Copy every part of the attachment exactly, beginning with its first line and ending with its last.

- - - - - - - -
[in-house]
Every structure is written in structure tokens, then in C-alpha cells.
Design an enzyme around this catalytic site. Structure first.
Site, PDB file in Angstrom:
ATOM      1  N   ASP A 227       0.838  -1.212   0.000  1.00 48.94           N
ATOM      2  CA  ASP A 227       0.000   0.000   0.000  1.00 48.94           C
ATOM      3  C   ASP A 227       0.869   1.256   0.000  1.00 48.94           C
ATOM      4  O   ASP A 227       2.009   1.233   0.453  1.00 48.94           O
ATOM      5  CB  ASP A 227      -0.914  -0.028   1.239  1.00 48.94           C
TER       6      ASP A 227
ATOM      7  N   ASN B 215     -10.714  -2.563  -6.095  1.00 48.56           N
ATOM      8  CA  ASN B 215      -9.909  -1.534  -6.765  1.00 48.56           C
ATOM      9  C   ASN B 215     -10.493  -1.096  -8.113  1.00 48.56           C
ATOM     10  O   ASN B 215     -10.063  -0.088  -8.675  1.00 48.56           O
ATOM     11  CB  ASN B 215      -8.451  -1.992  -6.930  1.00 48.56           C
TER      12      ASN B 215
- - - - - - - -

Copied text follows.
[in-house]
Every structure is written in structure tokens, then in C-alpha cells.
Design an enzyme around this catalytic site. Structure first.
Site, PDB file in Angstrom:
ATOM      1  N   ASP A 227       0.838  -1.212   0.000  1.00 48.94           N
ATOM      2  CA  ASP A 227       0.000   0.000   0.000  1.00 48.94           C
ATOM      3  C   ASP A 227       0.869   1.256   0.000  1.00 48.94           C
ATOM      4  O   ASP A 227       2.009   1.233   0.453  1.00 48.94           O
ATOM      5  CB  ASP A 227      -0.914  -0.028   1.239  1.00 48.94           C
TER       6      ASP A 227
ATOM      7  N   ASN B 215     -10.714  -2.563  -6.095  1.00 48.56           N
ATOM      8  CA  ASN B 215      -9.909  -1.534  -6.765  1.00 48.56           C
ATOM      9  C   ASN B 215     -10.493  -1.096  -8.113  1.00 48.56           C
ATOM     10  O   ASN B 215     -10.063  -0.088  -8.675  1.00 48.56           O
ATOM     11  CB  ASN B 215      -8.451  -1.992  -6.930  1.00 48.56           C
TER      12      ASN B 215